“Right back at ya,” Zach said.
The boat hit a wake trail left by a smaller craft and bounced. Eli winced and sucked in a breath, lifting his injured foot off the deck.
“How are you holding up?” Zach asked.
“Kind of wishing we’d opted for that chopper,” Eli said.
Billy hadn’t wanted to take the ferry—the island’s sole form of connection with the California coast— claiming he didn’t want to deal with fans. He and Eli had been heading for the island when Zach had announced he was heading home to Lansing. Billy had talked Eli into spending a couple of months on the is- land to complete his rehab. They’d offered Zach a ride.
Eli had vetoed the helicopter idea.
Zach wasn’t sure if it was because of his injuries or because his best friend had never really liked helicopters since the first time Grey had taken them on a sight-seeing flight over Hawaii and the pilot had decided to play a little game of “impress the rock star client” with some acrobatic moves. Grey had loved it. Zach had thought it was pretty cool too. Eli, on the other hand, had lost his lunch all over the chopper’s cabin.
“Won’t be long now,” Zach said. “We can always get a cab from town up to the house.” Billy’s master plan was to moor at the harbor, stock up on groceries at Cloud Bay, and then sail the rest of the way around the island to where the Blacklight guys had all bought land and built houses after the album they’d recorded on the island had turned into their first multi-platinum all those years ago. Why, when Cloud Bay’s stores were perfectly happy to deliver—after all, the island wasn’t that big—Zach wasn’t sure. Maybe Billy just wanted to show off his new boat.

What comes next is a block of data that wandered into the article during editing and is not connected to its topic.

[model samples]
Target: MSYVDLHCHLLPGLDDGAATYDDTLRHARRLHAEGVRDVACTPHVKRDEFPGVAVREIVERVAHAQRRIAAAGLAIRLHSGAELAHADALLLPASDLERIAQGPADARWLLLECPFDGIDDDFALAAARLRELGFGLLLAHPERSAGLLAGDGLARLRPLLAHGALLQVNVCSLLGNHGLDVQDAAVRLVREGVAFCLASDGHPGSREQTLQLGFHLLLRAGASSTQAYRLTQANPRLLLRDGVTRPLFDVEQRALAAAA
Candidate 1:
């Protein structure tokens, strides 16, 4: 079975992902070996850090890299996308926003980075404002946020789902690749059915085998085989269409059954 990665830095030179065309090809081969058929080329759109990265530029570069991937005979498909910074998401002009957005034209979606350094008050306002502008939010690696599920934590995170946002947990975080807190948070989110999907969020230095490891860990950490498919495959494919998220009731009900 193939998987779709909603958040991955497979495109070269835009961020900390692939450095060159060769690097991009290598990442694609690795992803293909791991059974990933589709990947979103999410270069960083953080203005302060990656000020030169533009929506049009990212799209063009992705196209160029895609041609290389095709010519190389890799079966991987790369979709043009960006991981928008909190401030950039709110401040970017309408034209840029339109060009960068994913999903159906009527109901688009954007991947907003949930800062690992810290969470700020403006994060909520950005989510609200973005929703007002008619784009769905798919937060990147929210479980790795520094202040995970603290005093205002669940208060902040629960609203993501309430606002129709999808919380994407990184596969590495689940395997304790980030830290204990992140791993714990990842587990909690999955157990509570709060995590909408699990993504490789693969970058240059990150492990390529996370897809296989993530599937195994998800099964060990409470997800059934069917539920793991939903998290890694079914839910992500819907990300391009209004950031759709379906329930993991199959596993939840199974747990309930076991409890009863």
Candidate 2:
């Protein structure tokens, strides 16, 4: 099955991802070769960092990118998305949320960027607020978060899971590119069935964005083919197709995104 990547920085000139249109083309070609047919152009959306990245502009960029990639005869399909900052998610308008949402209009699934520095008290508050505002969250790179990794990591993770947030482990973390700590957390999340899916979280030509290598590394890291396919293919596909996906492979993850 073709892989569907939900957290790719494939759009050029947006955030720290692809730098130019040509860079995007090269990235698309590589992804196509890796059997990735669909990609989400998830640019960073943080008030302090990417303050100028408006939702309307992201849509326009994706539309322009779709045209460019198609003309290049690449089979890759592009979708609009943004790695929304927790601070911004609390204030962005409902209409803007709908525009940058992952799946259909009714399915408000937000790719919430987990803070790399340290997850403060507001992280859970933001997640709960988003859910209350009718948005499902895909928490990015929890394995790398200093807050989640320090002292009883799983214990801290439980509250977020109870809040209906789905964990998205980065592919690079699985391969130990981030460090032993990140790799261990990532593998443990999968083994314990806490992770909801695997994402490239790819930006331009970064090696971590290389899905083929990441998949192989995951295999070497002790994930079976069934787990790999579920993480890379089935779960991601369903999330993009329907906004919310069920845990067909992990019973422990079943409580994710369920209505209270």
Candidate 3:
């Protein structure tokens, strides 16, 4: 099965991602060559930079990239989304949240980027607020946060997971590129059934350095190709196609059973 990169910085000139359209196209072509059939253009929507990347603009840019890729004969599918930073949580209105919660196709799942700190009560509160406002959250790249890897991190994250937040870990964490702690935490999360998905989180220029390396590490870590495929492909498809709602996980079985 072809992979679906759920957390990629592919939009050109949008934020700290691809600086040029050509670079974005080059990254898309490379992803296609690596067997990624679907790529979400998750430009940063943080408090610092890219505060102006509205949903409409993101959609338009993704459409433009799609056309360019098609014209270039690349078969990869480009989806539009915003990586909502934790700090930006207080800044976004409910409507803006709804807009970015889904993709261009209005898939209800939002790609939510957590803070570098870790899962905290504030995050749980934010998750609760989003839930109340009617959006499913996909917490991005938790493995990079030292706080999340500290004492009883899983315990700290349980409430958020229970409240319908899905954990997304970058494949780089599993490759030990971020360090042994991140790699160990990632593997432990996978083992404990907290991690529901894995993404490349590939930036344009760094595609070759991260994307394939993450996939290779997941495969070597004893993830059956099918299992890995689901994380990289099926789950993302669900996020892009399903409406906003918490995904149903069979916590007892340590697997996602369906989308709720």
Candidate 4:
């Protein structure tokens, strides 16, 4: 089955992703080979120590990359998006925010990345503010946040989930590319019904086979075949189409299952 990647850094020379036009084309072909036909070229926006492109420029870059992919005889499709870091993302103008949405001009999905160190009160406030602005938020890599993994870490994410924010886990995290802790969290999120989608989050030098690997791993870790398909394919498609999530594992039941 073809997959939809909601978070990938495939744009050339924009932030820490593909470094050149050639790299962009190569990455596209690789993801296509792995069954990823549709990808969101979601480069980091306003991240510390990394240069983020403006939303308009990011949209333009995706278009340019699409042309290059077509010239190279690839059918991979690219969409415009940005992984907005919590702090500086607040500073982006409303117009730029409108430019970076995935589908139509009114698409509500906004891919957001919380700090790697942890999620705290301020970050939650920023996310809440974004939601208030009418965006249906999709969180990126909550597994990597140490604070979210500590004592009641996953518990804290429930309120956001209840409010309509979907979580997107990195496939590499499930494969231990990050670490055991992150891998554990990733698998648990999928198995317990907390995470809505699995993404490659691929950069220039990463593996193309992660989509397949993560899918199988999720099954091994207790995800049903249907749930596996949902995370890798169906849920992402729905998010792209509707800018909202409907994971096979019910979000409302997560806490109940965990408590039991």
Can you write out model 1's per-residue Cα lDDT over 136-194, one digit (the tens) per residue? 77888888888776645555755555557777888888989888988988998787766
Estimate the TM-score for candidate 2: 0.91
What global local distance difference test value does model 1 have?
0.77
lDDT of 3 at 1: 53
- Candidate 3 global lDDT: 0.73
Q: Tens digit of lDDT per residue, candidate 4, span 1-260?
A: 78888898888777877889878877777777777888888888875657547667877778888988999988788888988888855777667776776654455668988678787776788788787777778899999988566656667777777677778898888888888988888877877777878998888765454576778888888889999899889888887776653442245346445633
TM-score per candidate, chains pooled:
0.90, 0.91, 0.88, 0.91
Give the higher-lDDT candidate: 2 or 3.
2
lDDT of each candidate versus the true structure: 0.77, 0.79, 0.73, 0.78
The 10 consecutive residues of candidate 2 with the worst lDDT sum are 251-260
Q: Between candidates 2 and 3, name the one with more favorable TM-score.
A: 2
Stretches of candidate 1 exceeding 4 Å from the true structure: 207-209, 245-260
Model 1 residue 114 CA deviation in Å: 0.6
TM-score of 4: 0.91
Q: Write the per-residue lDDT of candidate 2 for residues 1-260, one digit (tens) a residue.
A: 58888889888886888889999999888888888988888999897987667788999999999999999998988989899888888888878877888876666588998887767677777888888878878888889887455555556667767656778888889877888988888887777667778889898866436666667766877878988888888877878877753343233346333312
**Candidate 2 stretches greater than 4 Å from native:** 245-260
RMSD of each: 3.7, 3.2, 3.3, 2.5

“I might take you up on that,” Eli said as the yacht bounced again. He braced himself with his right hand; the left was bandaged halfway up his arm. It was supposed to be in a sling but Eli kept slipping it free, claiming his shoulder ached.
The boat jolted a third time. This time, water sprayed over the side of the yacht, half-drenching them both.
“Dad, I’d prefer to arrive un-drowned,” Eli called up to Billy.
“You’re not going to melt, princess,” Billy yelled back.
Zach grinned. It was mid-May and the California weather was warm enough that getting wet didn’t bother him much. And he was starting to realize just how much he’d missed Eli’s company. Zach had spent a big chunk of the last three years touring with his band, Fringe Dweller. The relentless schedule didn’t leave a lot of time for friends and family. Or hadn’t until two weeks ago when their lead singer, Ryder Lange, had suddenly announced he was taking a year off to “find himself”— whatever the fuck that meant. In Ryder’s case, it wasn’t code for going to rehab, as it often was for other musicians. But Zach hadn’t been able to get the reason out of him and neither had anyone else in the band. They’d played the last two shows on the tour they’d been finishing in a stew of seething resentment and then they’d gone their separate ways.
Fucking Ryder. Always a drama queen. Zach had joined Fringe Dweller as a fill-in guitarist. He’d stuck. But Ryder and he had never truly become friends. Probably because Ryder belonged to the “I’m the lead singer and I run the band” school of musicians. They worked well together and stayed out of each other’s way the rest of the time. But pulling this crap was just not cool. Not when it looked like they were finally building to something bigger.
Not cool at all.
And now, thanks to Ryder, he was back on Lansing. Home sweet freakin’ home indeed.
Holy crap, Zach Harper. Leah Santelli stared out the window of The Last Crumb, where she was waiting in line for a sugar fix and her second coffee of the morning.